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Cityscapes #7: Futurity — Out Now!!

The seventh and latest edition of Cityscapes is framed around the rubric of “futurity”. What will tomorrow be like?

It will be more urbanised. It will also, agree various contributors, bear the imprimatur of China. “Whatever the case, China has, for now, become a far more prominent actor than others in the future-making of Africa,” asserts philosopher Achille Mbembe in an anchoring essay, “to the point where Africa is now not only a planetary question … but also and more specifically a Chinese question.” Contributors Philip Harrison, Yan Yang, Tanya Pampalone and Mary Anne Fitzgerald expand and complicate this assertion.

As in past issues, this issue includes penetrating discussions with key administrators and theorists. AbdouMaliq Simone asks anthropologist Filip De Boeck about his on-going project about new urban extensions in Kinshasa. We also interview Alfredo Garay, one of Latin America’s most influential urbanists, and Parks Tau, executive mayor of Johannesburg. “We need to start talking about the future, and specifically, what sort of future are we building,” states Tau. “And that future has to be about greater equity, in cities that have been defined by disparity.”

The difficult task of remaking Africa’s cities is also the focus of an editorial by respected journalist and author Robert Neuwirth. “Planners and architects seem to have a nasty little habit: they collude with developers and politicians to make every city look like every other city,” provocatively writes Neuwirth. “The pressure to rationalize the often irrational ways in which African cities have developed is built into their DNA.”

Technology, that panacea of technocrats and sci-fi geeks, is also discussed: in a long-form feature investigating what went wrong with the City of Tshwane’s move to adopt a smart metering system to vend electricity, and a discussion between two renowned authors working in speculative and science-based fiction genres. “What does science fiction have going for it that makes it easy for people to get sucked into?” wonders Nnedi Okorafor, a Nigerian-American novelist, in an exchange with South African writer Lauren Beukes. “This is something working scientists need to learn.”

The issue includes interviews with scholars Peter Mörtenböck and Helge Mooshammer, who spent five years researching informal marketplaces globally, and showcases photographic essays by Filipe Branquinho, Jason Larkin, Lindokuhle Sobekwa and Graeme Williams. THE EDITORS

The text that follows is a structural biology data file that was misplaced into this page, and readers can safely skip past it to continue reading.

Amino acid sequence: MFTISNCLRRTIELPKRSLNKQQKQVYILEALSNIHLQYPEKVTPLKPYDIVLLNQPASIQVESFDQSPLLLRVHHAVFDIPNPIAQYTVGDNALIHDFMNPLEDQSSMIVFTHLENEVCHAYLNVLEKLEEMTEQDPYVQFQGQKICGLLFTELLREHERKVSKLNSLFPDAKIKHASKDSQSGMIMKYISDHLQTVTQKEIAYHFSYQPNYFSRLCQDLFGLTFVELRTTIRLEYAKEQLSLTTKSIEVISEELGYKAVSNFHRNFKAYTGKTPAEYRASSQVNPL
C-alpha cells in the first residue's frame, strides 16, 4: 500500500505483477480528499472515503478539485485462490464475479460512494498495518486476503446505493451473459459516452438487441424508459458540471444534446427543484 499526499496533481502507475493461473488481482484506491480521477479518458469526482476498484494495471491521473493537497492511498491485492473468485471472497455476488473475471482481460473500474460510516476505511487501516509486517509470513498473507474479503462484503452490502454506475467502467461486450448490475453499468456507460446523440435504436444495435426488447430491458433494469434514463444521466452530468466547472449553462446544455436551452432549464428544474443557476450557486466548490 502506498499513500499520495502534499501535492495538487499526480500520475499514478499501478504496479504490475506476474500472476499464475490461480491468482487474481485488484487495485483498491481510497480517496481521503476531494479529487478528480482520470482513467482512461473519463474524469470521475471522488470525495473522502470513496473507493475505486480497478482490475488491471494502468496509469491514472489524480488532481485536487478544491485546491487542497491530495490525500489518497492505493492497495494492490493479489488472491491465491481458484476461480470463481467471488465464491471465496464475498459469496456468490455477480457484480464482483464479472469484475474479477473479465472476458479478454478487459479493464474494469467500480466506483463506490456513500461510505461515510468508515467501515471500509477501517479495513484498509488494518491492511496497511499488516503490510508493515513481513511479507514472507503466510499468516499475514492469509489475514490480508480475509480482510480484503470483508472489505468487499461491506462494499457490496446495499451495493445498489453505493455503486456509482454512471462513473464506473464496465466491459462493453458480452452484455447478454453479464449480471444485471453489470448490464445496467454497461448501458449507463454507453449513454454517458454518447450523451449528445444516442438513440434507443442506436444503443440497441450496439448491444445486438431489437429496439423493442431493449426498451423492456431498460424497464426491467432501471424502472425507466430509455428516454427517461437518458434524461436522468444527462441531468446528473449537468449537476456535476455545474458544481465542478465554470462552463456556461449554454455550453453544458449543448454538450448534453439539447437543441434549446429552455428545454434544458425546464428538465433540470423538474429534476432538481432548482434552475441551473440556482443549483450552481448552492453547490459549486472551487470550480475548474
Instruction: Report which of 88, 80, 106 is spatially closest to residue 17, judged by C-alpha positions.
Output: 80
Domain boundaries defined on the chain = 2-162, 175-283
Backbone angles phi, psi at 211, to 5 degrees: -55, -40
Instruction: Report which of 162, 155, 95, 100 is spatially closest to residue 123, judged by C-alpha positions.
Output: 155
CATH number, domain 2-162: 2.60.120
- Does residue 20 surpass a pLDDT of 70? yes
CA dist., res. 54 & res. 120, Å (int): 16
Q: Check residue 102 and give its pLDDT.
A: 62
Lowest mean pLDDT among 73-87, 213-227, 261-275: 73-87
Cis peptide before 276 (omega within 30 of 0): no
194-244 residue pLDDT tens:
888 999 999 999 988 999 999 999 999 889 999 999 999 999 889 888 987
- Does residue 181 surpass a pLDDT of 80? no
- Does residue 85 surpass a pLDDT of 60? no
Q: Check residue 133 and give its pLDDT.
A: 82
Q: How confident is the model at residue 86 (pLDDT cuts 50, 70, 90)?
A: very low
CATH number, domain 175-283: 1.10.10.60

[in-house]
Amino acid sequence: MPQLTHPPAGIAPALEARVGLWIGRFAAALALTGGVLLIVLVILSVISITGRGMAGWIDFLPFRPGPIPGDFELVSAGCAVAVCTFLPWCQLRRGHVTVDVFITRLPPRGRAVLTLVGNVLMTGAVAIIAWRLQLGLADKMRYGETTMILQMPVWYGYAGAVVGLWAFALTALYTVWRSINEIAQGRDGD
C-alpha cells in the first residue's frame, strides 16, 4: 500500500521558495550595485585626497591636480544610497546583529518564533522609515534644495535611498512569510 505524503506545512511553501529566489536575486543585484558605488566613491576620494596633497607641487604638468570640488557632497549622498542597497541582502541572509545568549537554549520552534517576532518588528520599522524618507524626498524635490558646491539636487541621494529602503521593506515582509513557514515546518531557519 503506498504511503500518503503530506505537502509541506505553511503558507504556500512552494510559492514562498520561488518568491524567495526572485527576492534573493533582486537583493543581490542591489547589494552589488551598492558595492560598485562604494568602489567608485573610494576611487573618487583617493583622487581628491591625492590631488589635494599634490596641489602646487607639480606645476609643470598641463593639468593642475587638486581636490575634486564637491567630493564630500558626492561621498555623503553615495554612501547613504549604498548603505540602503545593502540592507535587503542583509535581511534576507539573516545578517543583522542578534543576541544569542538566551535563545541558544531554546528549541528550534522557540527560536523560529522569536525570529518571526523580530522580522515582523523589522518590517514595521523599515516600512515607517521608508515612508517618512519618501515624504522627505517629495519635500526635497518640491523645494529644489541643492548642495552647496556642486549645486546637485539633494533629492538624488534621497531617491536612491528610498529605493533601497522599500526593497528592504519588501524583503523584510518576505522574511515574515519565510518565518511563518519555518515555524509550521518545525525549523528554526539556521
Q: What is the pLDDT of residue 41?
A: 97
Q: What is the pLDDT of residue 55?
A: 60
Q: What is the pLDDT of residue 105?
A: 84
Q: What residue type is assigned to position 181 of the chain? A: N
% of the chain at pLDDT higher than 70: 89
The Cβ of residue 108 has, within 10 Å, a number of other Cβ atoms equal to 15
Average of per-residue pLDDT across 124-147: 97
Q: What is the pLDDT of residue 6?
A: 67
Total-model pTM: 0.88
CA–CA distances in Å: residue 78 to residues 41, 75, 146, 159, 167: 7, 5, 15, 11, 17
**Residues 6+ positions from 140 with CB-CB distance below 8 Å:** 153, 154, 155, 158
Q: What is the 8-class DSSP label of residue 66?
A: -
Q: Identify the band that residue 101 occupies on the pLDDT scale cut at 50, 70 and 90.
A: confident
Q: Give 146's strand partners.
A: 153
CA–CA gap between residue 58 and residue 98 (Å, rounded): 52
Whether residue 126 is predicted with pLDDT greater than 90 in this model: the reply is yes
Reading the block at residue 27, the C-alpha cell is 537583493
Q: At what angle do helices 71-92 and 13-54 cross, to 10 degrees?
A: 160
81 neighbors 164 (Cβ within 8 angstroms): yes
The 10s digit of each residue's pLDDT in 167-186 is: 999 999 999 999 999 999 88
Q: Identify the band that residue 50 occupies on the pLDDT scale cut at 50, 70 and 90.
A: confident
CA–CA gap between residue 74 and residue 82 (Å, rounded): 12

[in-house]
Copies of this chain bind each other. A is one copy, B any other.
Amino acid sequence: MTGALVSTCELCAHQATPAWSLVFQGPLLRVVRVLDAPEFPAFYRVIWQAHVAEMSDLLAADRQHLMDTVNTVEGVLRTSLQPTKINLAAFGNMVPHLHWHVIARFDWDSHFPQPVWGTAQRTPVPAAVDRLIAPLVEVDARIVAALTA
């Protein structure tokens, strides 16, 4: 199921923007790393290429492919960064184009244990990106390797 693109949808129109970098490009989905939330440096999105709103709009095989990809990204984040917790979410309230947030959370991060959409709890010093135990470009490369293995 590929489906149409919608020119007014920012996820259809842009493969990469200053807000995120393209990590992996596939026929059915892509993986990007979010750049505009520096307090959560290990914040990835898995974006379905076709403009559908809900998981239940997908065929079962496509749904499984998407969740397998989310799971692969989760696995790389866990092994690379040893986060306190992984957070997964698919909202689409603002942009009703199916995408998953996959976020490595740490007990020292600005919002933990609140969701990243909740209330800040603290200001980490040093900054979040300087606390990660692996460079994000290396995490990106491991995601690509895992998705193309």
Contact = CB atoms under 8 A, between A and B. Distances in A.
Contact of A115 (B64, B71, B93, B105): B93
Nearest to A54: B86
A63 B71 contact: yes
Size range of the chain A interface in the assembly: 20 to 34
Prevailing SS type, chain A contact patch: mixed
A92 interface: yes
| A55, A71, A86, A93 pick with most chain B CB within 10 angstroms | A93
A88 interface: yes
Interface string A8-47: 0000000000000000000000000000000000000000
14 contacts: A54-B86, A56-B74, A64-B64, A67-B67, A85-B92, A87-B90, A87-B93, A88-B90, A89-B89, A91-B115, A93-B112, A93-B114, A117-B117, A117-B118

CONTRIBUTORS TO THIS ISSUE:

Cover Art: From EXO: The Adventures of Wale Williams. By Roye Okupe. © YouNeek Studios

Sammy Baloji is a photographer based in Lubumbashi

Filipe Branquinho is a photographer based in Maputo

Marcelo Corti is an architect and urban planner based in Buenos Aires

Sylvia Croese is a sociologist based in Stellenbosch

Teddy Cruz is an architect and urban scholar based in San Diego

Caroline Shannon de Christo is an architect and policy expert based in Rio de Janeiro

Pedro Henrique de Cristo is a designer and policy expert expert based in Rio de Janeiro

Filip De Boeck is an anthropologist and researcher based in Leuven

Mary Anne Fitzgerald is a journalist and writer based in Nairobi

Fonna Forman is a political scientist based in San Diego

Maarten Hajer is a scholar based in Utrecht

Philip Harrison is a development planner and scholar based in Johannesburg

Alcinda Honwana is a youth expert and scholar based in London

Kilian Kleinschmidt is a humanitarian expert based in Vienna

Jason Larkin is a photographer based in London

Patrick Latimer is an illustrator based in Cape Town

Megan Lindow is a writer based in Cape Town

Lesley Lokko is an architectural scholar based in Johannesburg

Achille Mbembe is a philosopher and scholar based in Johannesburg

Robert Neuwirth is an author based in New York

Tolullah Oni is a medical doctor, epidemiologist and scholar based in Cape Town

Joshua Palfreman is a waste management expert based in Dar es Salaam

Tanya Pampalone is a journalist and editor based in Johannesburg

Demian Rotbart is an architect and scholar based in Buenos Aires

AbdouMaliq Simone is an urban theorist and researcher based in Jakarta

Lindokuhle Sobekwa is a photographer based in Johannesburg

Yan Yang is a development scholar based in Johannesburg

 

 

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